Service-learning assistants (SLAs) assist service-learning faculty with community partner placements, student reflection, and other tasks. Faculty are invited to apply for SLAs each semester. Applications for Spring 2020 will be considered in early November so there is time to match SLAs with courses before winter break begins. Please submit your application to firstname.lastname@example.org.
Being an SLA is More than a Job for Some Students
Service as a Gift: A Reflection from an SLA
Sometimes undergrads “give” more than their required 20 hours in service-learning courses. Sometimes they also give inspiration. The service-learning assistant (SLA) in Debby Gold’s Death and Dying class recently shared this personal reflection following her reading of reflections by students in the class.
She noted that as an SLA, she knows the flow of things now—the nuts and bolts—when partners need to be called, who should be emailed and who should be visited, how to assign seventy students to a site in under four hours.
“The only thing I did not really know how to do was visit at these sites—how to volunteer, how to give my time, how to show up as my students do, week in and week out,” she admits.
“This year, I wanted to change that, so I signed up to volunteer at Duke Hospice. For the past few decades, Duke Hospice has welcomed undergraduates from service-learning courses to volunteer with them. It is one of our most popular, but also specialized sites because volunteering at hospice means interacting with patients on hospice,” she says.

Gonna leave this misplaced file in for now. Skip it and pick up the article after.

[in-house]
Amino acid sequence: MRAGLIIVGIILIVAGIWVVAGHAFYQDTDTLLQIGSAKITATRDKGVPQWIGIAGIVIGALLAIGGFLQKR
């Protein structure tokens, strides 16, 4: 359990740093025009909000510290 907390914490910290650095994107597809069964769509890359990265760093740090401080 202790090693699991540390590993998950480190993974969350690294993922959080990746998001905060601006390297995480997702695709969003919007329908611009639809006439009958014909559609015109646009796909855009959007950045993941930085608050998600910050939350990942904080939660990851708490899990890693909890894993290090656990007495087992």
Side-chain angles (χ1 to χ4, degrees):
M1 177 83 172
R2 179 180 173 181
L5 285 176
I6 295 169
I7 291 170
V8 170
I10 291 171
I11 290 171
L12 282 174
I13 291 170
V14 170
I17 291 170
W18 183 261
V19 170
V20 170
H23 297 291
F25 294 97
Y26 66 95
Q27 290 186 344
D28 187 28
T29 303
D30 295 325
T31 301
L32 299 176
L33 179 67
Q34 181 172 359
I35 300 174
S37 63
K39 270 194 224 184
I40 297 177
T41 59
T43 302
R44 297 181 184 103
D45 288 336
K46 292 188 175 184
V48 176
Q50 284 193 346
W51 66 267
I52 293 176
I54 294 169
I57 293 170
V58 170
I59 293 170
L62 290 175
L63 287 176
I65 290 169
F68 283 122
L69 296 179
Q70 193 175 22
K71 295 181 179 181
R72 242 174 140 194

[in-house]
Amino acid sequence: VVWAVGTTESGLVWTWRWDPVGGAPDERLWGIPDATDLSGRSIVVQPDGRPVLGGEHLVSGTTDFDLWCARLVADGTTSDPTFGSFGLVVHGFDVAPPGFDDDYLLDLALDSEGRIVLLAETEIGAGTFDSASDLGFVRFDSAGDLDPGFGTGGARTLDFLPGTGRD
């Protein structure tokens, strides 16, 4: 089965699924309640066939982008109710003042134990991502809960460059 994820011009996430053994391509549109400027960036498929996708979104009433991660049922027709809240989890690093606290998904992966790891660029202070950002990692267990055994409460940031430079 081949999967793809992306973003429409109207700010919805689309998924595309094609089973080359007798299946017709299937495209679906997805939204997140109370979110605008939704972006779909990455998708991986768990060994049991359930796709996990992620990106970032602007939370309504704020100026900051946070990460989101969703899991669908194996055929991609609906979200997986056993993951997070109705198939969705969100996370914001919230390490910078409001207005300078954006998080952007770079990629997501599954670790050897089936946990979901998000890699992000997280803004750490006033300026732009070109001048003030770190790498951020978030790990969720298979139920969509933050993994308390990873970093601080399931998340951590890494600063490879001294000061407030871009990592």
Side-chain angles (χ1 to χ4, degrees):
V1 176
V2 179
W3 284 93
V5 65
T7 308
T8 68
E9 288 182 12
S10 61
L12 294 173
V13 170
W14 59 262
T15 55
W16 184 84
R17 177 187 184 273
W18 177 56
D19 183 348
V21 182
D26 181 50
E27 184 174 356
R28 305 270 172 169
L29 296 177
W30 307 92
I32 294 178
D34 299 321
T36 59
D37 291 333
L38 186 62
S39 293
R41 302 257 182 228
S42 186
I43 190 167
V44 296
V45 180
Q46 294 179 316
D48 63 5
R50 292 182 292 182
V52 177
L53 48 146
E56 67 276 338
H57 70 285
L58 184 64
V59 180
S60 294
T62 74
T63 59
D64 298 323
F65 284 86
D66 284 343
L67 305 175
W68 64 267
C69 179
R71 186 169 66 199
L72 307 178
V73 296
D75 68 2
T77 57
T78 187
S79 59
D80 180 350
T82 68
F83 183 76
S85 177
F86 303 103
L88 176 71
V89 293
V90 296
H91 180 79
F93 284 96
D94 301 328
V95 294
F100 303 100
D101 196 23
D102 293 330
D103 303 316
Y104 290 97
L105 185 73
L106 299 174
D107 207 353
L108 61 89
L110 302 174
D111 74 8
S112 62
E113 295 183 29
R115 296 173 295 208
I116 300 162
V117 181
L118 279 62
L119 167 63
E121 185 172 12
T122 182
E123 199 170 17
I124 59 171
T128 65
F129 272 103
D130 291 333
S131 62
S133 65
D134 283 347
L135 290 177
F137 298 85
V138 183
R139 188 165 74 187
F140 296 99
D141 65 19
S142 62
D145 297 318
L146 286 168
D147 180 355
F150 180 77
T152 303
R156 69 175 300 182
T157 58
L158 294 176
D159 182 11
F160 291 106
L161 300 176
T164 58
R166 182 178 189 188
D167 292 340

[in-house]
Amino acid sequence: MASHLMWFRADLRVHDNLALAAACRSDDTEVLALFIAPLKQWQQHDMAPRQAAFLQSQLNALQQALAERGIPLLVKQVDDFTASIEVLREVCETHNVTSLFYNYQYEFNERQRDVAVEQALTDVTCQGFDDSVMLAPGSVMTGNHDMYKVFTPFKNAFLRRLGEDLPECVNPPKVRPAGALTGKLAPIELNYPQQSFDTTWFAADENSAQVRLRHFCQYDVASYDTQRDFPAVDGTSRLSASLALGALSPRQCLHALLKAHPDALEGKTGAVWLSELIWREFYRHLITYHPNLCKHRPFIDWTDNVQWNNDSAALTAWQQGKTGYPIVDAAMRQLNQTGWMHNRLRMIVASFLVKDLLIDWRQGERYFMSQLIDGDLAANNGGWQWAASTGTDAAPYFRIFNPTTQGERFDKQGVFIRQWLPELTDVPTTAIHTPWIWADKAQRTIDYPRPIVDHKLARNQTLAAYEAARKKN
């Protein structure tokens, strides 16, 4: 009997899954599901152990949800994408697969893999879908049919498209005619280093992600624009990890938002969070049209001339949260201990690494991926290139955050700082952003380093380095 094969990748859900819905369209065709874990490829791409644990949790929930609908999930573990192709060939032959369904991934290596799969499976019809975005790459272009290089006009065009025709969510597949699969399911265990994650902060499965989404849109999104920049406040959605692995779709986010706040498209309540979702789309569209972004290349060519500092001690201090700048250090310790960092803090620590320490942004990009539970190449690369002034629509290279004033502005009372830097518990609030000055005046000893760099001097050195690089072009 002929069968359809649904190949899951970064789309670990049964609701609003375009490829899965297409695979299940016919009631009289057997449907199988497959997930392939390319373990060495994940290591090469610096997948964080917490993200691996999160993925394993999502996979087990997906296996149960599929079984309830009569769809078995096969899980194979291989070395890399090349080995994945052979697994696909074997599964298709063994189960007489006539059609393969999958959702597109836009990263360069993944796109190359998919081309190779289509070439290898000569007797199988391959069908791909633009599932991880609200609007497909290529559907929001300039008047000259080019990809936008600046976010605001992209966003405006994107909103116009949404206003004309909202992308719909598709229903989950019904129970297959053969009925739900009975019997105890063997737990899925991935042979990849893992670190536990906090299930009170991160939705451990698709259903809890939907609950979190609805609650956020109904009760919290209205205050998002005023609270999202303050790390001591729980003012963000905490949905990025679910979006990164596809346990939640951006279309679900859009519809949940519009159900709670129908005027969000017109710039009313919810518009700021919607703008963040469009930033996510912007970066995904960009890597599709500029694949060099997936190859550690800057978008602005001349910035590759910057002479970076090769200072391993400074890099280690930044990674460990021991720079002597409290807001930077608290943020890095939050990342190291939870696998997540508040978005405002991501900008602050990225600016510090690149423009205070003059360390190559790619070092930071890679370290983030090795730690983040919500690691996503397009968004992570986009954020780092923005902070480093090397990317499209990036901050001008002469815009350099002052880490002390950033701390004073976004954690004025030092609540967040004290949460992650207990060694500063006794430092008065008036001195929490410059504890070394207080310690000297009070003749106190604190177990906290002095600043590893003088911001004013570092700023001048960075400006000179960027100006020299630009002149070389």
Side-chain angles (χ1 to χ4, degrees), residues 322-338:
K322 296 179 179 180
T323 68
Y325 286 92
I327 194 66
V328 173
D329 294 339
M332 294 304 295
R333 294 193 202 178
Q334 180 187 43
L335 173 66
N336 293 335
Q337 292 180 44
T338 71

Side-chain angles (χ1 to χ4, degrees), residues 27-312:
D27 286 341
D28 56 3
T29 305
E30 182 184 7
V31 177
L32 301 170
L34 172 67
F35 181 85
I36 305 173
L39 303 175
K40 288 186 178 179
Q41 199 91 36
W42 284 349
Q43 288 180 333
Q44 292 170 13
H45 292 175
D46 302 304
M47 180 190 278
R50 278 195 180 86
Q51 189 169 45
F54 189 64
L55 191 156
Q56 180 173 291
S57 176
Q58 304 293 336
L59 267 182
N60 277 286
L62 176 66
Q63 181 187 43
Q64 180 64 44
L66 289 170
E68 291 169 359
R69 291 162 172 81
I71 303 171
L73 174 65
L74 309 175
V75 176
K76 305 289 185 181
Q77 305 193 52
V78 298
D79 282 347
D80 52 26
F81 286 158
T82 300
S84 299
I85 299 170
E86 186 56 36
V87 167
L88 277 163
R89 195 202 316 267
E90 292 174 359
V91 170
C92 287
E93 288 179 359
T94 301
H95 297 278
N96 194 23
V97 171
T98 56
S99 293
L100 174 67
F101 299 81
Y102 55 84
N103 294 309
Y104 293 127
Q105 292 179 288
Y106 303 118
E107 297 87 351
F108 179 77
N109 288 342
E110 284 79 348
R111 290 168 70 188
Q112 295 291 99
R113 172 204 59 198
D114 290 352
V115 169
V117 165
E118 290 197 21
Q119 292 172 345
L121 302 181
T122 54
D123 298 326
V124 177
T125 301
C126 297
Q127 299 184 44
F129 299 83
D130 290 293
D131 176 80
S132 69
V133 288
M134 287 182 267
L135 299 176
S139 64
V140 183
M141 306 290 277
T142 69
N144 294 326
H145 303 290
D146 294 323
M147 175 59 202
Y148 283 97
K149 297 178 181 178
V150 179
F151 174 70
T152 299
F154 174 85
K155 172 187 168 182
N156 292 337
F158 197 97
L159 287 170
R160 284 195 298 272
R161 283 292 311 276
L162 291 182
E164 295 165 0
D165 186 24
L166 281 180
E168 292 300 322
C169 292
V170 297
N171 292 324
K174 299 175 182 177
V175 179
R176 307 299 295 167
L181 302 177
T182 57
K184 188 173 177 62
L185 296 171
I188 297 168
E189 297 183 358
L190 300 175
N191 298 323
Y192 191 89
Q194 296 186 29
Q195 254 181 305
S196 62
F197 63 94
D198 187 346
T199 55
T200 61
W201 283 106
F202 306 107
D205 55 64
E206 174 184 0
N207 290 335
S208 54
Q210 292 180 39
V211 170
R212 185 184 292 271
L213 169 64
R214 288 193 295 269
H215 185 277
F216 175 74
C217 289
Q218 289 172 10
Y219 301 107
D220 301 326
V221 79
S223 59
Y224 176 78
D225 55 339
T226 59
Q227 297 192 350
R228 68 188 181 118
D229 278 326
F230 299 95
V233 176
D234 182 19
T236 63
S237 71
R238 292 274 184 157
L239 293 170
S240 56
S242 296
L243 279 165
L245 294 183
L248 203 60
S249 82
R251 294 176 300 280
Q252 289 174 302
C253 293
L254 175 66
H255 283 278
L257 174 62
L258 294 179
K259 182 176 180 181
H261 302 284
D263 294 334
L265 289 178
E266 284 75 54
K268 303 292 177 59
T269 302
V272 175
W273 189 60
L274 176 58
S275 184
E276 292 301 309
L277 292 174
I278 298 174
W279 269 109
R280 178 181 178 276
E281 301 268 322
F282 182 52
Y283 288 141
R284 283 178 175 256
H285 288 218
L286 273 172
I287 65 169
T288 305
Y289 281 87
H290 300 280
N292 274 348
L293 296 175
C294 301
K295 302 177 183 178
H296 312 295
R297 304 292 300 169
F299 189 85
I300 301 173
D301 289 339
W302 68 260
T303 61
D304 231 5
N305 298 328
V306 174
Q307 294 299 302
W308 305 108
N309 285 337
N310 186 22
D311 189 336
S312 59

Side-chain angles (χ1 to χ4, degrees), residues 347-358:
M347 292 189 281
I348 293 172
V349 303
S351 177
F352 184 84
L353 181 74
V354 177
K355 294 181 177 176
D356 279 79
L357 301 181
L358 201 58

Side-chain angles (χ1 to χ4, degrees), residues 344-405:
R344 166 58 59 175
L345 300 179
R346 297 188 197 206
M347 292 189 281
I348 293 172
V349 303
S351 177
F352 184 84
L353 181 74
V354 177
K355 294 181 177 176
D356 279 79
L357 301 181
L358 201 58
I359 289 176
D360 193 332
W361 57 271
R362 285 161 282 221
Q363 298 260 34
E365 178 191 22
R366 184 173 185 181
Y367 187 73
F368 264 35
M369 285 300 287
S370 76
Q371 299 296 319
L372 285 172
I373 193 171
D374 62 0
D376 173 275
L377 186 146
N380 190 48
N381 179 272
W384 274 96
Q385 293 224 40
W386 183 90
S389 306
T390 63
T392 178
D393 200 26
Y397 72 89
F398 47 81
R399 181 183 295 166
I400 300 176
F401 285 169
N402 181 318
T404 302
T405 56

“Put more bluntly, it means confronting death in a very real, visceral way that volunteering at a nursing home does not always provide. It is the only site of its kind offered in Death and Dying, and as such, students who volunteer there often have one-of-a-kind experiences. Thus, when I read through their reflections, they stood out. I pictured them sitting vigil with a patient who was actively dying and had no family members to be with them. I heard the music they played at the bedside of patients who had lost all of their senses except their ability to listen to the tune of the flute or the stroke of the violin,” she explains.
“They have meaningful experiences and as I read their reflections, it caused me to reflect on my own life. It made me want to give of myself the way they have given of themselves, and so this year I am following their lead,” she says. “I decided to get oriented alongside them and we are serving together.
“Here are these students who, yes, are required to give twenty hours, but if you ask them if they feel like it is a burden, they would most likely say, ‘No.’ They bond with these people and they are changed for the better because of them. What they do not realize is that it is because of their ability to see service-learning as a gift and not a requirement, that I can too,” she says.
“Service-learning not only affects the students we work with, but everyone involved in the process,” she observes. “When all is said and done, that is what makes all of this worth it. You cannot help but be changed for the better.”